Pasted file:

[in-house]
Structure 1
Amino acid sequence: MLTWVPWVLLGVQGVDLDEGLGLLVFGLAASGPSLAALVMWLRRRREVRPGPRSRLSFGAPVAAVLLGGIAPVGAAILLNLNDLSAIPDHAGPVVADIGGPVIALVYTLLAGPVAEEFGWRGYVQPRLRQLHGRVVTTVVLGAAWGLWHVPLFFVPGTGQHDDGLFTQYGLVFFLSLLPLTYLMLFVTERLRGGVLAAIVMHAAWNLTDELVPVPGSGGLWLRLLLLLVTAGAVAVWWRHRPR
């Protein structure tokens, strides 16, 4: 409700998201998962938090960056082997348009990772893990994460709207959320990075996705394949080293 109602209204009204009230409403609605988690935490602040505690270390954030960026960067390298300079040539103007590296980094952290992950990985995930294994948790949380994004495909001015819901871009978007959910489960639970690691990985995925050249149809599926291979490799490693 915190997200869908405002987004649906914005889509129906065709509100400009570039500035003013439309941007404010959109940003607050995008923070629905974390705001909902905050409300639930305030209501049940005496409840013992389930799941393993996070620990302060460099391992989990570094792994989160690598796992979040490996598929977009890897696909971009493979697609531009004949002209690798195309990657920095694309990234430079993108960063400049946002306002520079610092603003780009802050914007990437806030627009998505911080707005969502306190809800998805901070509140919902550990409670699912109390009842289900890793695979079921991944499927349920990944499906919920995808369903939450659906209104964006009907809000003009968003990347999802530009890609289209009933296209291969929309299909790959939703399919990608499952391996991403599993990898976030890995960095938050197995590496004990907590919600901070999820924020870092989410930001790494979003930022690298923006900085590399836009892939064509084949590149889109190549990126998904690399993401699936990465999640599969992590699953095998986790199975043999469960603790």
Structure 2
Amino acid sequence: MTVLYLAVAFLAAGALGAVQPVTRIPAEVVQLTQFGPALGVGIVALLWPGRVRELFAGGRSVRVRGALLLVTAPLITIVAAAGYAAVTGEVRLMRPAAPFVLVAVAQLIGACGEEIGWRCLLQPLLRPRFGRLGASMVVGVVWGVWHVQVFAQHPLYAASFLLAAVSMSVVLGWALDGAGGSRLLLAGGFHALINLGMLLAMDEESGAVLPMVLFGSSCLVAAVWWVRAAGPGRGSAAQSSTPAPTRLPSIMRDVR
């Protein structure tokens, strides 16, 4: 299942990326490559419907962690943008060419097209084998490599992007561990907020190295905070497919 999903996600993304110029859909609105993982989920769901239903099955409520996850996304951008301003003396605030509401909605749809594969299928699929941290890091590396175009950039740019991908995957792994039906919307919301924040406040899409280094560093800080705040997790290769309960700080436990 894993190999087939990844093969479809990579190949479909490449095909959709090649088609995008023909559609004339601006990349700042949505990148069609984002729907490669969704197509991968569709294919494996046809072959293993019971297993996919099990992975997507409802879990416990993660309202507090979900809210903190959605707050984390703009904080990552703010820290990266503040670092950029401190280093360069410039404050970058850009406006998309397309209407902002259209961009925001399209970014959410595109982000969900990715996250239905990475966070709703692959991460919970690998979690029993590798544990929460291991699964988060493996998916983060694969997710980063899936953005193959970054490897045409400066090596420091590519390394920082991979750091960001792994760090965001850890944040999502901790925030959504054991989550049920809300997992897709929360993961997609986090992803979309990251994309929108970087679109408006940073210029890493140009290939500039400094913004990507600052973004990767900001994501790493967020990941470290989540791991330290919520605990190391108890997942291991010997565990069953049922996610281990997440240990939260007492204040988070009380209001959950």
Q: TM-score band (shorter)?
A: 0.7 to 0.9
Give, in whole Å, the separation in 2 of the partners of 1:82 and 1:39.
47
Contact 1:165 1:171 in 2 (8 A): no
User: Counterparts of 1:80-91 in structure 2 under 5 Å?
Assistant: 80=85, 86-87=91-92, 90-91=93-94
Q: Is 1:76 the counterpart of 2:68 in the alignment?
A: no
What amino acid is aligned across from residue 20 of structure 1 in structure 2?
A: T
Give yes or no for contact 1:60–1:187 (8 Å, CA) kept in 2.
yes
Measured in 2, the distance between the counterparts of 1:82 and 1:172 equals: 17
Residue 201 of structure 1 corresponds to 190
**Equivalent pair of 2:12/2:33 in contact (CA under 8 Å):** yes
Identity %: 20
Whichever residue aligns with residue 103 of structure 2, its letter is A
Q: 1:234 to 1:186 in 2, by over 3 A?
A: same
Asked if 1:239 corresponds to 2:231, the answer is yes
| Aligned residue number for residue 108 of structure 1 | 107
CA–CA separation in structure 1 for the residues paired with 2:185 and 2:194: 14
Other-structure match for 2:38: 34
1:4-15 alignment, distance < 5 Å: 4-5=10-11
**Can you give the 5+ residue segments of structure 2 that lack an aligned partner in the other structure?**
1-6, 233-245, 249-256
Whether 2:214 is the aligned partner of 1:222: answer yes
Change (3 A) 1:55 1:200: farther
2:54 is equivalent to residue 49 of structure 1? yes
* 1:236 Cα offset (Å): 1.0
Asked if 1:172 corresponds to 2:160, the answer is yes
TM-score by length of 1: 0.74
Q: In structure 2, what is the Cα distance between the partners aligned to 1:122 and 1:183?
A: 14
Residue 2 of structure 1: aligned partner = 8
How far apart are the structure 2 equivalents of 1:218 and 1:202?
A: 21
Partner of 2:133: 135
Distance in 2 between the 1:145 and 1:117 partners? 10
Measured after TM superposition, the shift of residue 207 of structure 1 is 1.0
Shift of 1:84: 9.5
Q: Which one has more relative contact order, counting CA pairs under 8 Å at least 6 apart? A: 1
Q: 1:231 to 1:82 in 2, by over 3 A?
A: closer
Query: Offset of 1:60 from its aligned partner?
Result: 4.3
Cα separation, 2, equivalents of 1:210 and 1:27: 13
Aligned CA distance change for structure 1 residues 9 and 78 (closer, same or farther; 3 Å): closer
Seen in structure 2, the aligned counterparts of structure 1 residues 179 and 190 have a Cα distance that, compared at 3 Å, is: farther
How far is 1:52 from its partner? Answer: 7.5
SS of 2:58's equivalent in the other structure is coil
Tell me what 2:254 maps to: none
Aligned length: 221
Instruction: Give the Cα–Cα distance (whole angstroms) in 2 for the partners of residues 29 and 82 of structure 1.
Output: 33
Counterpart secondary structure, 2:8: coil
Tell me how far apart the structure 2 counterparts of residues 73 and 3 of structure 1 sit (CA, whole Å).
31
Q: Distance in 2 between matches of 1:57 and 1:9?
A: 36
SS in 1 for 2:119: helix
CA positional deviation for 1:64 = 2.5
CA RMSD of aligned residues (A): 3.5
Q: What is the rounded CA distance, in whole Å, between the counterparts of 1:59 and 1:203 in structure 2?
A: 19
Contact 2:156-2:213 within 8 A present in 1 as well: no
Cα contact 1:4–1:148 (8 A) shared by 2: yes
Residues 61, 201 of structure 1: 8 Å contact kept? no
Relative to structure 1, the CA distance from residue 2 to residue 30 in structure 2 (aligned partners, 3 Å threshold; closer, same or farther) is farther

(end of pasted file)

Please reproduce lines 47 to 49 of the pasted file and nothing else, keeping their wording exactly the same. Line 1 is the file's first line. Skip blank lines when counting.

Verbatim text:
Distance in 2 between the 1:145 and 1:117 partners? 10
Measured after TM superposition, the shift of residue 207 of structure 1 is 1.0
Shift of 1:84: 9.5